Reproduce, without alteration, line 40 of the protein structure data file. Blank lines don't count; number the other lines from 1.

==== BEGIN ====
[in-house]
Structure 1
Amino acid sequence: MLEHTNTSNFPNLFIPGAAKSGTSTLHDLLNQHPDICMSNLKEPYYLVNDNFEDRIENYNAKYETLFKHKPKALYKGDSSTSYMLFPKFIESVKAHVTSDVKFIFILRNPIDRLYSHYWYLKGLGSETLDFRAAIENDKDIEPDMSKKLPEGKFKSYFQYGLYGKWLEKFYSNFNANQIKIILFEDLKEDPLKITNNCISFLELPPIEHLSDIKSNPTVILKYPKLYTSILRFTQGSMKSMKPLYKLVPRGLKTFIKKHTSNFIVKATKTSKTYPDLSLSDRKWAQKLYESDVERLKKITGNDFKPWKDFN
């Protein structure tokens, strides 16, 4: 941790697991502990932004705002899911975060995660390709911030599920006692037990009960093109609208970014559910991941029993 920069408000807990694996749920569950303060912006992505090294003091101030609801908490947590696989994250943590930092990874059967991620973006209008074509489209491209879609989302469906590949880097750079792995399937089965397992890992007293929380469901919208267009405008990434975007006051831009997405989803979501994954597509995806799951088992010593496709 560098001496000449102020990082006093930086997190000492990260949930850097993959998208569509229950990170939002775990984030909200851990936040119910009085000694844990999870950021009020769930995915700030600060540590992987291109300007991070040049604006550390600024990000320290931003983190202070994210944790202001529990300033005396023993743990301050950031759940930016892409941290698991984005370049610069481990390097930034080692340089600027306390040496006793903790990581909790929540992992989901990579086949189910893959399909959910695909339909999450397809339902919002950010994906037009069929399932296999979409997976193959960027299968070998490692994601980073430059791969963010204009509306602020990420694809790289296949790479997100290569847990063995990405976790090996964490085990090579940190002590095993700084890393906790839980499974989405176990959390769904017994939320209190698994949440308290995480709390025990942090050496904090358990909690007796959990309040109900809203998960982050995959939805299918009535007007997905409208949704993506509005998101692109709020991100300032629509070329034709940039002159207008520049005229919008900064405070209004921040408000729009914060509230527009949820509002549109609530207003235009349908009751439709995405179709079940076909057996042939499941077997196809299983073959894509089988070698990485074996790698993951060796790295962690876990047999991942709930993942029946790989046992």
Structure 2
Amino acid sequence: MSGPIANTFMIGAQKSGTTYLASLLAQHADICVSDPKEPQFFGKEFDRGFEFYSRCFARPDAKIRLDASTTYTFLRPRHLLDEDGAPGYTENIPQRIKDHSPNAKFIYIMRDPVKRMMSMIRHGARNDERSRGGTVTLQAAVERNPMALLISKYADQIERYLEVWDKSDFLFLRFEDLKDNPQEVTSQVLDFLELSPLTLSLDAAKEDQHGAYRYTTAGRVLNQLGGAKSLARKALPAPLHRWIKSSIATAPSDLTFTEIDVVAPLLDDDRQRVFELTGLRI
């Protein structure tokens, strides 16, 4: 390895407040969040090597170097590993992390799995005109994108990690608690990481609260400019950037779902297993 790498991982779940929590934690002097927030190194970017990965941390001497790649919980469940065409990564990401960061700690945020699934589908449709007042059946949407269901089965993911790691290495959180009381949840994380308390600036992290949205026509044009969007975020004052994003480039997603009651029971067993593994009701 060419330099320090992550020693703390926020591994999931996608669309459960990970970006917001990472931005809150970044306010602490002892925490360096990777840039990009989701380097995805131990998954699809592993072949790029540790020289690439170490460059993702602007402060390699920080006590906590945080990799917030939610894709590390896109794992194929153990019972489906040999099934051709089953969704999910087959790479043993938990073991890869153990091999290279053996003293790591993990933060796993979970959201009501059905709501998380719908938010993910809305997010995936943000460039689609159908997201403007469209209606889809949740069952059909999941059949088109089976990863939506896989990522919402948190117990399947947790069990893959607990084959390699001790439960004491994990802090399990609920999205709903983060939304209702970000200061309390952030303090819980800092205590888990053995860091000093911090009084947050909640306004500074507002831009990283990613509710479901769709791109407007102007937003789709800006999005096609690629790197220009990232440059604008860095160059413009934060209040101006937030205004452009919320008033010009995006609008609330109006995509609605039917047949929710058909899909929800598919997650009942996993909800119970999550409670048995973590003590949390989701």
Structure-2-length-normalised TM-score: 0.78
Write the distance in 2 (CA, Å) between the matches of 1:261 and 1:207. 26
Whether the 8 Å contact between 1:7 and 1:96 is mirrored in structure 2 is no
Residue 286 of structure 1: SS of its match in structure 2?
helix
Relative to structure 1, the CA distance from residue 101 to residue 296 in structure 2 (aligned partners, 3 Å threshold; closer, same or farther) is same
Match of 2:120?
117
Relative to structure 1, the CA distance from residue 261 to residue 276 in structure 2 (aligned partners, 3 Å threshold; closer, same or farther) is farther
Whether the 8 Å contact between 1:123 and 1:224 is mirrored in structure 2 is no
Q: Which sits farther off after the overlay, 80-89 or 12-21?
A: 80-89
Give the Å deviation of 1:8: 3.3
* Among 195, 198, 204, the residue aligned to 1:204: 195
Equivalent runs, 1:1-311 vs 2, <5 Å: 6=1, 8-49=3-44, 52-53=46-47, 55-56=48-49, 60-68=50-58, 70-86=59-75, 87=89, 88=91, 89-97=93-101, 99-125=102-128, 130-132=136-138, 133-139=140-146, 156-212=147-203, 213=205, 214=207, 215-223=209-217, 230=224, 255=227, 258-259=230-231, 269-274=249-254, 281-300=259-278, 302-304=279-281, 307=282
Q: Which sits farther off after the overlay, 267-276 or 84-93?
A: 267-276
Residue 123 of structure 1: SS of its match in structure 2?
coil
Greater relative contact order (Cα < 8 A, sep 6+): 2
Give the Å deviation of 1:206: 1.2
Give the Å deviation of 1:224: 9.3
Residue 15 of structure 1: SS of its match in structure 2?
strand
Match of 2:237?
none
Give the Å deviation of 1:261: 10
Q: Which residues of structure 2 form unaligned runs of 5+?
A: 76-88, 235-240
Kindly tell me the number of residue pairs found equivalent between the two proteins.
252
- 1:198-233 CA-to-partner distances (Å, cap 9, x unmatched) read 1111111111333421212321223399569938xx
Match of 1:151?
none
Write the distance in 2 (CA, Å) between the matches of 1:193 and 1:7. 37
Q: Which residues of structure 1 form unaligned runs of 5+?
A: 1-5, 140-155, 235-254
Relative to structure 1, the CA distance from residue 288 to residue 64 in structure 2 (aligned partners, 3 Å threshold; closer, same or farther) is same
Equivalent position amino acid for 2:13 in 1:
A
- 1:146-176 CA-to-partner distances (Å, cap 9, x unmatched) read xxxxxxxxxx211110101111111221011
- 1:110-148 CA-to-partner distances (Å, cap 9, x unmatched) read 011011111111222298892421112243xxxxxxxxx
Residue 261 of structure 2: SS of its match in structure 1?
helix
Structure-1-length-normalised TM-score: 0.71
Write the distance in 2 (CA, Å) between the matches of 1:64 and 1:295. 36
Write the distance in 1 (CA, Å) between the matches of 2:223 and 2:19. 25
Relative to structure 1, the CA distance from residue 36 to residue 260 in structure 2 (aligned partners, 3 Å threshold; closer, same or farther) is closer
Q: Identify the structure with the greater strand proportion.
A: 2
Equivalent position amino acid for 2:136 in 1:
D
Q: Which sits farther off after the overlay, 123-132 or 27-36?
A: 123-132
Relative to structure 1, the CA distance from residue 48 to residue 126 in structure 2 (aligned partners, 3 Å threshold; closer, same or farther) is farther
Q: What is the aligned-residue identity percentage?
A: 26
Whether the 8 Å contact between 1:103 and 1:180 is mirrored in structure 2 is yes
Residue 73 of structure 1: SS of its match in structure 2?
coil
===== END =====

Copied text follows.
Match of 1:151?